The name of the village is derived from the Oneida name for Chittenango Creek, Chu-de-nääng′, meaning "where waters run north." While the name "Chittenango" is often thought by locals to mean "river flowing north" or "where the waters divide and run north," a reference to the direction of water flow from the creek's point of origin to Oneida Lake, there is no derivation for these alternatives. On an 1825 map of the area, the village is called Chittening, a name used by early settlers which is thought to be derived directly from Chu-de-nääng′. According to American anthropologist Lewis H. Morgan who studied Iroquois customs and language in his 1851 book League of the Iroquois, the name "Chittenango" may have come from Chu-de-nääng′ Ga-hun′-da, a redundant combination of the Onedia terms for "Chittenango Creek" (Chu-de-nääng′) and "creek" (Ga-hun′-da).
Initial growth of this village is largely attributed to the construction of the Erie Canal which officially opened in 1825, joining Buffalo on Lake Erie with Albany, the capital of New York, and the Hudson River. The Erie Canal passes just north of the village. The Chittenango Canal Company, incorporated in 1818, constructed a canal in length connecting Chittenango to the Erie Canal. The village became a virtual canal town upon the construction of the Chittenango Canal Boat Landing, which featured a three-bay dry dock where canal boats were built and repaired. The canal brought prosperity, growth and expansion to the village. It created a need for inns, hotels and restaurants, and area farms and factories found the canal useful as an inexpensive and easy way to ship goods further along the canal or beyond. Because the canal connected to the Hudson River, boats were able to ship goods south to the metropolis of Manhattan.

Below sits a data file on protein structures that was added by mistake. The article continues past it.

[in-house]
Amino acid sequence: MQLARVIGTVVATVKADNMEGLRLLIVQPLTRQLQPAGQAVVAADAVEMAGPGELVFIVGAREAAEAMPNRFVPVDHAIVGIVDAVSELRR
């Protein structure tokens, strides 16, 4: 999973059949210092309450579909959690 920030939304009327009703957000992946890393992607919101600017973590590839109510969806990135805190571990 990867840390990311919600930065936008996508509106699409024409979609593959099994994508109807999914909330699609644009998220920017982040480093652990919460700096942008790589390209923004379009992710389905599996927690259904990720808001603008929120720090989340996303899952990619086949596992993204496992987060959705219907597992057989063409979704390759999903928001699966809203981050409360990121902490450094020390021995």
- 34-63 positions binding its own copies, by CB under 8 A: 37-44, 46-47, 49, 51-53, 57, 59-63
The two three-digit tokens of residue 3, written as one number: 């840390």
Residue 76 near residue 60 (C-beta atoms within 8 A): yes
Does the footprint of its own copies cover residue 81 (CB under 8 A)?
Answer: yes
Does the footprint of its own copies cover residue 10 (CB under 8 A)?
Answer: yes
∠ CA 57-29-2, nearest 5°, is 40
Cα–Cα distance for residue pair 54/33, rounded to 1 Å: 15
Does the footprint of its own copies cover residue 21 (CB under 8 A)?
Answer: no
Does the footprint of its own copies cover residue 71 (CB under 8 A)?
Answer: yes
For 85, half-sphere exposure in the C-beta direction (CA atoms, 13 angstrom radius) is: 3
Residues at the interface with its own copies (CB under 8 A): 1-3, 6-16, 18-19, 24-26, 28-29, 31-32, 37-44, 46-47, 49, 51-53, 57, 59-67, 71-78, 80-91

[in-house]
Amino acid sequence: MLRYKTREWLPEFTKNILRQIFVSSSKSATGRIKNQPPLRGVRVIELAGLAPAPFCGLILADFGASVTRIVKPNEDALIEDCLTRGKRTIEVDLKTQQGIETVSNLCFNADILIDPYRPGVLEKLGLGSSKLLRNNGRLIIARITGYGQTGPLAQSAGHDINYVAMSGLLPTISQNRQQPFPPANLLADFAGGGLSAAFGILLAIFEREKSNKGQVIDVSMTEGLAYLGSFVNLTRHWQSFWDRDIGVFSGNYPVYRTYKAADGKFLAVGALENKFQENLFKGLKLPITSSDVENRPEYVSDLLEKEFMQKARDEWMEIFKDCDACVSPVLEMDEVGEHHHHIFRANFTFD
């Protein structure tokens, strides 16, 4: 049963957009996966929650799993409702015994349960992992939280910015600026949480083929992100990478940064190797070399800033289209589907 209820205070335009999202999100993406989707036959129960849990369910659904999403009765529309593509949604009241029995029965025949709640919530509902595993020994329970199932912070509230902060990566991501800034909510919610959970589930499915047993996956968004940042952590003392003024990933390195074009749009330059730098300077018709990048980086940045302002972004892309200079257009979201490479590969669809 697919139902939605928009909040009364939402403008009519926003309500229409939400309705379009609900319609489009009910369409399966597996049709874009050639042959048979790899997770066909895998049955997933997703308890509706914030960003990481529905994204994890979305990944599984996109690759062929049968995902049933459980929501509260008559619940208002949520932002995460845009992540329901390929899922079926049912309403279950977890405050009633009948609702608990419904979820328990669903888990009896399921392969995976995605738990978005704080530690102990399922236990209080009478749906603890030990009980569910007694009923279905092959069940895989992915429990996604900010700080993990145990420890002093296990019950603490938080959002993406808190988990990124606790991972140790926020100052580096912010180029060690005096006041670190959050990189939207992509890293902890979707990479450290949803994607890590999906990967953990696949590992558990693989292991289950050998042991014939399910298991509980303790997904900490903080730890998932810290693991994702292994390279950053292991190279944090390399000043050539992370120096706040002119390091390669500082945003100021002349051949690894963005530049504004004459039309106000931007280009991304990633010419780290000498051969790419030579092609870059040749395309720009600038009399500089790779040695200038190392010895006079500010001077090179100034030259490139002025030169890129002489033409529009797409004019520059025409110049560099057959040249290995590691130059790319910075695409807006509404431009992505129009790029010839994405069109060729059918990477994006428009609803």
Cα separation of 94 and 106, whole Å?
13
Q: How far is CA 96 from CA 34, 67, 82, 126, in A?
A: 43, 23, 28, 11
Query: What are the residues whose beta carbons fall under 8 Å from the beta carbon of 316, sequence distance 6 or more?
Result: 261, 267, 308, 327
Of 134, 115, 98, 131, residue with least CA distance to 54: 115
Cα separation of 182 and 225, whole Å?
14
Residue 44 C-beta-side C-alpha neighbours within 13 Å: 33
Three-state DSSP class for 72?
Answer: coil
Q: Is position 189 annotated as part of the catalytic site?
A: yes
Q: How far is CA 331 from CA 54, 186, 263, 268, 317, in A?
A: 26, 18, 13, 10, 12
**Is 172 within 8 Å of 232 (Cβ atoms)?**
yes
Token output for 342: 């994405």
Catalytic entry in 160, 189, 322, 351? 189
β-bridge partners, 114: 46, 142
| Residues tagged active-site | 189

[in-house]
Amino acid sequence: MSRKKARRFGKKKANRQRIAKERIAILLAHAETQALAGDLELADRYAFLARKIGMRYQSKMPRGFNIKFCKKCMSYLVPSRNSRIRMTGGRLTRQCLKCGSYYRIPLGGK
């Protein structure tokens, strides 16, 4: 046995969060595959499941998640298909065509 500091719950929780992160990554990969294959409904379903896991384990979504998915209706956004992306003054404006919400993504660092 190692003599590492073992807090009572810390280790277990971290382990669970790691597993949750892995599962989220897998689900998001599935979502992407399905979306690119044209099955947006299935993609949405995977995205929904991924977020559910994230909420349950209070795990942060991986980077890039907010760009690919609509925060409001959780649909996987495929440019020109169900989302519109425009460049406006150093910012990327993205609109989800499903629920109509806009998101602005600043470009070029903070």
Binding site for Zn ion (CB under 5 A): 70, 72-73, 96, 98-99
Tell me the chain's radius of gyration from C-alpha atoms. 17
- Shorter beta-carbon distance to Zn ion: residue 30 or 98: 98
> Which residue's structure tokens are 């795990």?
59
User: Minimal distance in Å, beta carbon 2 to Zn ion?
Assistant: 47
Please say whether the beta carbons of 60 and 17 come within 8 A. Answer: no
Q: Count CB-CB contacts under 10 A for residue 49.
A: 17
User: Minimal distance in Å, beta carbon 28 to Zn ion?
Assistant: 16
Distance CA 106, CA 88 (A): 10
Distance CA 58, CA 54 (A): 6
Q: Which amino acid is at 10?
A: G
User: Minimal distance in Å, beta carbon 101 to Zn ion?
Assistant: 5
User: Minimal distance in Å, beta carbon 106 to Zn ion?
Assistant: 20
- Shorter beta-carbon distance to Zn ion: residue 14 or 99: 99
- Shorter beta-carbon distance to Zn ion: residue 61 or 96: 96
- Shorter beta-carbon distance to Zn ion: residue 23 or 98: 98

Development increased considerably due to John B. Yates, who opened and operated grist and saw mills, a woolen mill, stores, and founded the village's first church in 1828, the Dutch Reformed Church, now the First Presbyterian Church of Chittenango.
The village was incorporated on March 15, 1842. At the time, it contained between 900 and 1,000 inhabitants, about 180 dwellings, three churches, the Yates Polytechnic Institute, a large woolen factory, two large water lime factories, one flouring mill, three taverns and ten stores. In 1853, the first bank in the village, the Chittenango Bank, was organized and began business with capital of $110,000, which increased to $150,000 one year later. The bank closed business nearly one decade later, and in December 1863 the First National Bank of Chittenango was organized, occupying the same building erected by the first bank. This bank also closed down in 1883.
The first newspaper in the village was the Chittenango Herald, established in 1831 by Isaac Lyon. It later bore successively the name of Chittenango Republican, the Chittenango Phoenix, and the Democratic Gazette, until it was discontinued in 1853. In 1869 the Madison County Times was established and papers were published until 1975, at which time the Chittenango-Bridgeport Times was formed. This paper ran until 2009 when it merged with other greater Syracuse area papers to form the current Eagle Newspapers.
The Chittenango Pottery Company, largely owing its early success to its location near the Chittenango Landing, was established in 1897. After burning down twice, the present, now abandoned brick structure was erected.